Choose a spot on the south side of the tree where the sun falls on the trunk, and look for a big root. The larger the root, the more sap will be running up the tree. Drill a hole at about waste height, going inside the tree about an inch and a half. Make sure to angle the hole slightly uphill into the tree so the sap runs down into the bucket. As soon as you drill your hole, you’ll see some sap beginning to run. Take a metal spout, and tap it into the hole with a hammer. Hang a bucket on the hook, and slide the cover on. Collect a little bit, boil it down, and you’ll enjoy fresh maple syrup with your pancakes!
Tools Of The Trade
While maple is the same as it has always been, over the last seven generations the ways Coombs Family Farms gathers and produces it has changed. The days of slogging through the sugarbush with a team of horses to collect sap from hundreds of individual buckets are no more. Here are some of the tools and technologies that help make collecting and processing sap more efficient and more environmentally sustainable, so that our small farms can remain productive and our forests can thrive.
When it comes to caring for the trees, the little things count! “Health spouts” are smaller than traditional spouts in diameter and make a smaller hole, so the tree heals more quickly. While they also reduce sap flow, Coombs Family Farms thinks doing what they can to preserve the health of their trees trumps any desire for a faster ‘sap run.’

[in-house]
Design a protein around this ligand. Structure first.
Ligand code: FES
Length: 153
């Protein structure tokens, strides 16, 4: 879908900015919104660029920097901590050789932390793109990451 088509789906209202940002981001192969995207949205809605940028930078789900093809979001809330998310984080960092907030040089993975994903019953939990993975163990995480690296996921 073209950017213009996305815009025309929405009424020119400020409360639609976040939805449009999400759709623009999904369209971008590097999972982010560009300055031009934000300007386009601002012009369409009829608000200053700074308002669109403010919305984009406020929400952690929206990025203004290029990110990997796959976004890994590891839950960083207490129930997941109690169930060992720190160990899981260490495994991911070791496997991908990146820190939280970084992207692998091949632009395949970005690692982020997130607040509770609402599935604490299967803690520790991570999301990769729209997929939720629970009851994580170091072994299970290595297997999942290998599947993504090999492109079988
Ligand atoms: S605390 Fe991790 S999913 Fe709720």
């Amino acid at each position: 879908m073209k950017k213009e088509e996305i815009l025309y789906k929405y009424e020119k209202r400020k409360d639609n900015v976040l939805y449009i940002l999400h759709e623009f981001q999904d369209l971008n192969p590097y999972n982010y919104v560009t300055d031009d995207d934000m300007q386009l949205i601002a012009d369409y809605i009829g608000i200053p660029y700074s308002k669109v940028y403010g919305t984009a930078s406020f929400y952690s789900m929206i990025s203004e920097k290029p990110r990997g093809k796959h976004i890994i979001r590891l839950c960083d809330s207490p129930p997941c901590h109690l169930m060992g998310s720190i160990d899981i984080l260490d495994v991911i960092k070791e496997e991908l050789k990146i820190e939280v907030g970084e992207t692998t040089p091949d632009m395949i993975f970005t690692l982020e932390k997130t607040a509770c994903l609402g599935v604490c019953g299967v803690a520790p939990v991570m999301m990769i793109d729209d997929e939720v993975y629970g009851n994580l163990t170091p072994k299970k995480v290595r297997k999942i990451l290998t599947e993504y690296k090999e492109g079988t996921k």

By using vacuum tubing instead of traditional buckets, small farmers are able to tap more trees with less effort, reduce overhead, and continue farming the land while minimizing impact on fragile root systems from roads and trails. Torests are healthier, and rural farming communities are able to thrive.
A small vacuum pulls sap from the spouts into and through the tubing, increasing yield and reducing energy consumption.
Sap is stored in a holding tank until it is evaporated and converted into pure maple syrup and sugar. To ensure the highest quality maple, it is important to evaporate the sap as quickly as possible after collection.
For many years, Coombs Family Farms has worked hard to save energy, reduce their carbon emissions, and take care of the environment. In fact, Coombs Family Farms has reduced their carbon footprint by 75% by being the first to use reverse osmosis in the maple industry. Reverse osmosis uses agitation to separate sap from water, drastically reducing the amount of energy required.
- They use 100% pure maple syrup with no artificial flavors, preservatives or dyes
- They never over-tap trees
- They support the use of "health spouts" for tree-friendly tapping
- They never use pesticides in their tree farm
- Their grading standards are never comprimised for short-term gain
About Coombs Family Farms
Since the mid-1800's, the Coombs family have been acting as responsible stewards of the forest, following a 'sustainable' approach to agriculture long before anyone had a specific name for it - or could conceive of any other way to farm. As part of a fabric of nearly 8000 maple farmers who are all preserving maple forests and keeping land free from sprawl, Coombs Family Farms is doing more than making maple. They are helping to preserve crucial habitat for thousands of distinct plants and animals that need large intact tracts of forest to survive. More than three hundred years after their family started sugaring, seventh generation maple farmer Arnold Coombs and Coombs Family Farms are still going strong.